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Fightin' Marines - Kamikaze
October 1979, Vol. 11, No. 146, 36 pages

This one-page comic story with only three frames does not really fit in with this issue's four other stories about US Marines as indicated by the comic books' title of Fightin' Marines. Unlike most other comics about kamikaze pilots, this story does not portray them in any way as fanatics but rather as "courageously giving up their lives for their country." The story only shows an ohka (piloted rocket-powered glider) diving at an aircraft carrier and getting shot down, even though extremely few ohka weapons got close to American ships in comparison to suicide attacks by conventional Japanese aircraft.

The story has some questionable points. The aircraft carrier with the number of 47, USS Philippine Sea (CV-47), did not get commissioned until May 11, 1946, about a year after ohka weapons were deployed just before and during the Battle of Okinawa. The final frame shows gunners shooting down the ohka very close to the ship, but the likelihood of gunners' hitting and stopping an ohka this close would have been very small due to its relatively small size and its top speed of almost 600 mph after using its three rocket engines.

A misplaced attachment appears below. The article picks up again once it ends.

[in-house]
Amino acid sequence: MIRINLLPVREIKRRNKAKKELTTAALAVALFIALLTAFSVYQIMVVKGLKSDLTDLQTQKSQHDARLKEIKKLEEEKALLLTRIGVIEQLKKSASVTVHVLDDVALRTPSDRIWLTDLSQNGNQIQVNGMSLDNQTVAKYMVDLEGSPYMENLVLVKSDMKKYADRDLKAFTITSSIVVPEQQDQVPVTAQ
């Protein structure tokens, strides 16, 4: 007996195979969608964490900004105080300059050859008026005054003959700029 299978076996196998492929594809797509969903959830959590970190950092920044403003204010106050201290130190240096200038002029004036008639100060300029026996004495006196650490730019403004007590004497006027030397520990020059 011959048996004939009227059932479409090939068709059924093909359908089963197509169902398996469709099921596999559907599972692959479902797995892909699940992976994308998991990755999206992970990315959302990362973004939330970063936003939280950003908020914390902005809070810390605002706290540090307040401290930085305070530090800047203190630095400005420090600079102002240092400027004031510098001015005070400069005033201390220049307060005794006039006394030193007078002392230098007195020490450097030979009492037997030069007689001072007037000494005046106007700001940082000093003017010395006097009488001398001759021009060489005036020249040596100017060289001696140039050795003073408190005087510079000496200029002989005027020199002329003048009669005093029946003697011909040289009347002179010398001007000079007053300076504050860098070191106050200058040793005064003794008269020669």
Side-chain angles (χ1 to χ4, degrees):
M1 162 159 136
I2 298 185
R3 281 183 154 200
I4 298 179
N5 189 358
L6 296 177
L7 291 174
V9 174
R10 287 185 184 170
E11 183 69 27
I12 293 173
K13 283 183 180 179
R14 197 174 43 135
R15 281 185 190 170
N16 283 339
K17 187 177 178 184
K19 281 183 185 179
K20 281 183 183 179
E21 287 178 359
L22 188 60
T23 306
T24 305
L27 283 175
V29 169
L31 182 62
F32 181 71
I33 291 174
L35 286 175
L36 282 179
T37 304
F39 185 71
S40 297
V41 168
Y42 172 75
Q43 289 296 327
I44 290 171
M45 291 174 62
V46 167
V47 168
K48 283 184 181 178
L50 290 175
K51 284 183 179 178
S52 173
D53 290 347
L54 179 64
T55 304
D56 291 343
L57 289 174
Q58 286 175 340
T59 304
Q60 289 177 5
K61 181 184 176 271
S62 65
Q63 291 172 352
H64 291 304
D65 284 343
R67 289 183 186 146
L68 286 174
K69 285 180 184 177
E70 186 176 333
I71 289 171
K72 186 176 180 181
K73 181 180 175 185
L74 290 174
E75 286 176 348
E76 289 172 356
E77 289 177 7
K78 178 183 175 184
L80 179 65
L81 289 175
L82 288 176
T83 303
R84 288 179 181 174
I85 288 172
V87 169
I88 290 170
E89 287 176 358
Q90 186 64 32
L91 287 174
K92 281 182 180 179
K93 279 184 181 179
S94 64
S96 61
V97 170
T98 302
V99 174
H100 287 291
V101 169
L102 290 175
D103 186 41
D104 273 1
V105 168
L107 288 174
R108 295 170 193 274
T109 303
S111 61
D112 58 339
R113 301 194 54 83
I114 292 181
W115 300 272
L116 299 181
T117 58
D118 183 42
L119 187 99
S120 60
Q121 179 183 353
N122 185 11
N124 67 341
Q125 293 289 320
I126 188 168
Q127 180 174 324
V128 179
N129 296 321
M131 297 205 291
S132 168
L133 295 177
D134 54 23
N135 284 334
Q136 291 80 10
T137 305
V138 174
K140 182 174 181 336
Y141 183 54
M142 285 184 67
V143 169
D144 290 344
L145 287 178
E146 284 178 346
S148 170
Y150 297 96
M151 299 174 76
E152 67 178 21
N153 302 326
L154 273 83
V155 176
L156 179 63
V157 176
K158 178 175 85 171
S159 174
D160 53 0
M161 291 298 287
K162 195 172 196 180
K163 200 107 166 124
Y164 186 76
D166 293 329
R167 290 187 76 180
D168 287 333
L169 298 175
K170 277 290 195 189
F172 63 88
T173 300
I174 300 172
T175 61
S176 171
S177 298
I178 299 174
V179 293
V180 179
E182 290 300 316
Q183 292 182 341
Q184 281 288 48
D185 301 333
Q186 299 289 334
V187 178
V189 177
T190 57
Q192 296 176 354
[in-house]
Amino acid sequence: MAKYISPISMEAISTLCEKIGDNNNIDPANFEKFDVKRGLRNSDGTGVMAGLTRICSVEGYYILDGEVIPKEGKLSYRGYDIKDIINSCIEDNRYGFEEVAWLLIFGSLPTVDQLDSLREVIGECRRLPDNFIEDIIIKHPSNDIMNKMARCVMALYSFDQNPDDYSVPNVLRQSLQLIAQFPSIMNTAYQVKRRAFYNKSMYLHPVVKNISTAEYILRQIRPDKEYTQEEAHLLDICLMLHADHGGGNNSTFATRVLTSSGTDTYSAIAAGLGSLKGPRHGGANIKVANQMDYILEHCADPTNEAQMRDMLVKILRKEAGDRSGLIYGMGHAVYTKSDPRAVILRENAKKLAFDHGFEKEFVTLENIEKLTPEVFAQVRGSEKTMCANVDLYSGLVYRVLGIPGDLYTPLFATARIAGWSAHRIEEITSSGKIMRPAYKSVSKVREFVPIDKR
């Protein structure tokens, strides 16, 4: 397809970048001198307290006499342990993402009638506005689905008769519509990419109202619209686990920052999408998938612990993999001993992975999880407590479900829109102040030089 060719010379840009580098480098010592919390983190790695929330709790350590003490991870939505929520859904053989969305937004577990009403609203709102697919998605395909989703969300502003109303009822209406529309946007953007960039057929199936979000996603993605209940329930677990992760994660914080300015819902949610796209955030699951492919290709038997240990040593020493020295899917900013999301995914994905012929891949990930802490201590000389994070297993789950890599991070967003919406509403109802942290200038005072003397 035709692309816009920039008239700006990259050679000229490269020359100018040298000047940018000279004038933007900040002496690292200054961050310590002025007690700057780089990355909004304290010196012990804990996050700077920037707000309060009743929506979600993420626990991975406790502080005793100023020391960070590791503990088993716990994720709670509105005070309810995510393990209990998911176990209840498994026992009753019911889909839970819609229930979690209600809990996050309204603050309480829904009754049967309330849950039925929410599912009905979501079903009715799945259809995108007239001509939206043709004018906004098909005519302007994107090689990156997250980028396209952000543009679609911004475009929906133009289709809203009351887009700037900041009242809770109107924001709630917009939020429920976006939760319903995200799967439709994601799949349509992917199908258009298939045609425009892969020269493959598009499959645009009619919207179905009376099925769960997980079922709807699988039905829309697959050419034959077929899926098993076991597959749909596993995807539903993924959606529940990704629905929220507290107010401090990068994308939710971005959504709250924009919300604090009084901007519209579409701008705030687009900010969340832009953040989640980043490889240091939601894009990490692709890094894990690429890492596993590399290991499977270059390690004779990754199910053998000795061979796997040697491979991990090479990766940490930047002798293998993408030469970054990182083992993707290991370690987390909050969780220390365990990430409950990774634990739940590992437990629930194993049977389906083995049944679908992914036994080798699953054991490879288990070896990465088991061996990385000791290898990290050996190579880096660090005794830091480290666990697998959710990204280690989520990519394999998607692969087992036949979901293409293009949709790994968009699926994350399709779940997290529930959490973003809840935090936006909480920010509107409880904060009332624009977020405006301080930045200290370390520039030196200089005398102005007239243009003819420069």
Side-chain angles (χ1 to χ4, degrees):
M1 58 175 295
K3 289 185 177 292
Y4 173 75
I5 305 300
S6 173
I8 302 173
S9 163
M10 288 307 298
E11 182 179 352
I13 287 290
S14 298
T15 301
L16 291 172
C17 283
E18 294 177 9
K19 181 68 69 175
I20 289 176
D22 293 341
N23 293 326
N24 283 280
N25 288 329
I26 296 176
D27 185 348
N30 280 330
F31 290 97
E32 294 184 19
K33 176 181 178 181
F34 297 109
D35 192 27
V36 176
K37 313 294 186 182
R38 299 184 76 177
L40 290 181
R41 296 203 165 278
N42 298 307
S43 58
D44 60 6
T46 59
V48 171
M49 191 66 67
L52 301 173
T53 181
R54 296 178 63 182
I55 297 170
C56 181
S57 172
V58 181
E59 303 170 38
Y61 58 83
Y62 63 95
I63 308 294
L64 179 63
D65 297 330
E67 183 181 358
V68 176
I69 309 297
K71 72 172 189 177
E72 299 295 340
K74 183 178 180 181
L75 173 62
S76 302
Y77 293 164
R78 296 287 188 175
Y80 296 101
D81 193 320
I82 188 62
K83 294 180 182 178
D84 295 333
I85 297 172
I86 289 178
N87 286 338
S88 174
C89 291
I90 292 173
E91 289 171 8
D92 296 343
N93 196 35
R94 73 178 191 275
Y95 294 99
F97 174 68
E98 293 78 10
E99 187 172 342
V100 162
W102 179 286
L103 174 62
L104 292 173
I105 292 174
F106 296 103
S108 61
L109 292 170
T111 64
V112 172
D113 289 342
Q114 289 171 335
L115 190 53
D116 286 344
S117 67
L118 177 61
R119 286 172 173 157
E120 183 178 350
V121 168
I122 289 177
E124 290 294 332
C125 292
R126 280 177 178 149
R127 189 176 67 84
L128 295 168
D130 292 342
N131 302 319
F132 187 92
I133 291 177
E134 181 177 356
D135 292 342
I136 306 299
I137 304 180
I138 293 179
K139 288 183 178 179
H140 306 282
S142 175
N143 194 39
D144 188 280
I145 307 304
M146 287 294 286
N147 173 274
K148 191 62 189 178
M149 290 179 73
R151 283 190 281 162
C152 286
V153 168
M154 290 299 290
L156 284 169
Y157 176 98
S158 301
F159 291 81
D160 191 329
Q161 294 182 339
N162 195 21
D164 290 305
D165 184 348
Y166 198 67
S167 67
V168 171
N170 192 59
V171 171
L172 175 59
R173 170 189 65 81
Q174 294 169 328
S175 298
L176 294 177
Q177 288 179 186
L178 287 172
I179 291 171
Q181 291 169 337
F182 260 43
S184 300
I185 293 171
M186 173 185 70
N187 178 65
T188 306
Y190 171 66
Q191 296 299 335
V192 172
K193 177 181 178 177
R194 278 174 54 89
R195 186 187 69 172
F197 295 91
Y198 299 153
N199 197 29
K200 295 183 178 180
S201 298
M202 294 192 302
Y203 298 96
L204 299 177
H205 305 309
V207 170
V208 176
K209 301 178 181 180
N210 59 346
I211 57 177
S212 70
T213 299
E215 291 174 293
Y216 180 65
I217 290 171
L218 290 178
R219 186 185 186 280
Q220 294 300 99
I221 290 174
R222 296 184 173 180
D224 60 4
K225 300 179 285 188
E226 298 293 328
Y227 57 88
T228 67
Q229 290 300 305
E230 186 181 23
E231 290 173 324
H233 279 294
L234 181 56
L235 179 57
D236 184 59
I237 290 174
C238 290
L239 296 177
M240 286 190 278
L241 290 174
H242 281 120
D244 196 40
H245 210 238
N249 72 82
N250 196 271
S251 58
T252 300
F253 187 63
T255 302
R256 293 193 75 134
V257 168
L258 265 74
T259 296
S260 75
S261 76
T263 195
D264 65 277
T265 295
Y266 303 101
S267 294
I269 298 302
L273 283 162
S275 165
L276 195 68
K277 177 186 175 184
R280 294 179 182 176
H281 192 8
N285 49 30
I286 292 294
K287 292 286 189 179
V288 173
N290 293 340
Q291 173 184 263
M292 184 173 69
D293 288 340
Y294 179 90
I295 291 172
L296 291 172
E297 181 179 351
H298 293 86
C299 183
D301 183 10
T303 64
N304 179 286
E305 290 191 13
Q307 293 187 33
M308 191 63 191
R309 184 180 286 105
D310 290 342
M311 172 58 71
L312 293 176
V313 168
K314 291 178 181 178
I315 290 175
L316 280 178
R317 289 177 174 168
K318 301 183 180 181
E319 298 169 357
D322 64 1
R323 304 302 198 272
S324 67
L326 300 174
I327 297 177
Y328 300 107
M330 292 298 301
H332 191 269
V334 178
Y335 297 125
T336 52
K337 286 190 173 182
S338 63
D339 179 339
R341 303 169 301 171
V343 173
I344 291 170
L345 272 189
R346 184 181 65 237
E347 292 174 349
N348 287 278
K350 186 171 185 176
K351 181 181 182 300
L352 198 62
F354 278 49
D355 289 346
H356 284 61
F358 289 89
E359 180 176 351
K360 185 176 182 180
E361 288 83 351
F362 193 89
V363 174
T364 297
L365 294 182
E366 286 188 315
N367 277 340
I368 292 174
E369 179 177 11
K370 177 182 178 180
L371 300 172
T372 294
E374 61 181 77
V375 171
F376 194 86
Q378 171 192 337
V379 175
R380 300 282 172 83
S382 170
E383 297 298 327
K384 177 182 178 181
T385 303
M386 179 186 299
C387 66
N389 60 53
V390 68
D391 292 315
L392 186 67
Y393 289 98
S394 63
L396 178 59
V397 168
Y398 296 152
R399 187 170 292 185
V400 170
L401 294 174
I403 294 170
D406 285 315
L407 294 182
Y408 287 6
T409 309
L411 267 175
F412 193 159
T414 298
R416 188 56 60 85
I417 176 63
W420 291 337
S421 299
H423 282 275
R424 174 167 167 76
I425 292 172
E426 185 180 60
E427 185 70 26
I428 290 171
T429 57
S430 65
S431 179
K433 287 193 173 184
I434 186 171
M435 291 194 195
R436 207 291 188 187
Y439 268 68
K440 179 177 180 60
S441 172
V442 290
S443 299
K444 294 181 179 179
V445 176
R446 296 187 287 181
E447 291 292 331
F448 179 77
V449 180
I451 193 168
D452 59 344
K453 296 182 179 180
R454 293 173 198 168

The angle of the ohka's attack shown in the first comic frame seems to be too steep, since generally an ohka planned to come in at about a 50 degree angle, but the pilot would try to level it out from the dive to strike the target ship at the waterline (O'Neill 1981, 181-2). The last frame states, "As the kamikaze pilots attacked again and again, U.S. gunners got more accurate." Although many kamikaze aircraft attacked American ships, an individual ship would get very little practice at shooting them down due to the huge number of Allied ships and the many enemy aircraft shot down by CAP (Combat Air Patrol) even before they reached the ships.

Source Cited

O'Neill, Richard. 1981. Suicide Squads: Axis and Allied Special Attack Weapons of World War II: their Development and their Missions. New York: Ballantine Books.